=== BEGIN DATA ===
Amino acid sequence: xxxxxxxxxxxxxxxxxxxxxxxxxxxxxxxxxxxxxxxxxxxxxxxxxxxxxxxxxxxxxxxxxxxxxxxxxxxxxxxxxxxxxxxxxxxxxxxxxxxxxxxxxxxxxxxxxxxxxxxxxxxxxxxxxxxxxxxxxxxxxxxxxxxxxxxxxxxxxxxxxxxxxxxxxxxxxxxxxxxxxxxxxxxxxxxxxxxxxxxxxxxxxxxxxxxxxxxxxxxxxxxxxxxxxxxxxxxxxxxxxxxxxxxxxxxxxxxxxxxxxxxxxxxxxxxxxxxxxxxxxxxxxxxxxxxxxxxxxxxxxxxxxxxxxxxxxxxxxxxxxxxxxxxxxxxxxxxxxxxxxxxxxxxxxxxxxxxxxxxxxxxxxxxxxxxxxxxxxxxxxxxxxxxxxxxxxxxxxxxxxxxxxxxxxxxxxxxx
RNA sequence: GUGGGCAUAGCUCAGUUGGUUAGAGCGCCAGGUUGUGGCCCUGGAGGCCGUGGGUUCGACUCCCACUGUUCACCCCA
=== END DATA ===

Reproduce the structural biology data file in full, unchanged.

Amino acid sequence: xxxxxxxxxxxxxxxxxxxxxxxxxxxxxxxxxxxxxxxxxxxxxxxxxxxxxxxxxxxxxxxxxxxxxxxxxxxxxxxxxxxxxxxxxxxxxxxxxxxxxxxxxxxxxxxxxxxxxxxxxxxxxxxxxxxxxxxxxxxxxxxxxxxxxxxxxxxxxxxxxxxxxxxxxxxxxxxxxxxxxxxxxxxxxxxxxxxxxxxxxxxxxxxxxxxxxxxxxxxxxxxxxxxxxxxxxxxxxxxxxxxxxxxxxxxxxxxxxxxxxxxxxxxxxxxxxxxxxxxxxxxxxxxxxxxxxxxxxxxxxxxxxxxxxxxxxxxxxxxxxxxxxxxxxxxxxxxxxxxxxxxxxxxxxxxxxxxxxxxxxxxxxxxxxxxxxxxxxxxxxxxxxxxxxxxxxxxxxxxxxxxxxxxxxxxxxxxx
RNA sequence: GUGGGCAUAGCUCAGUUGGUUAGAGCGCCAGGUUGUGGCCCUGGAGGCCGUGGGUUCGACUCCCACUGUUCACCCCA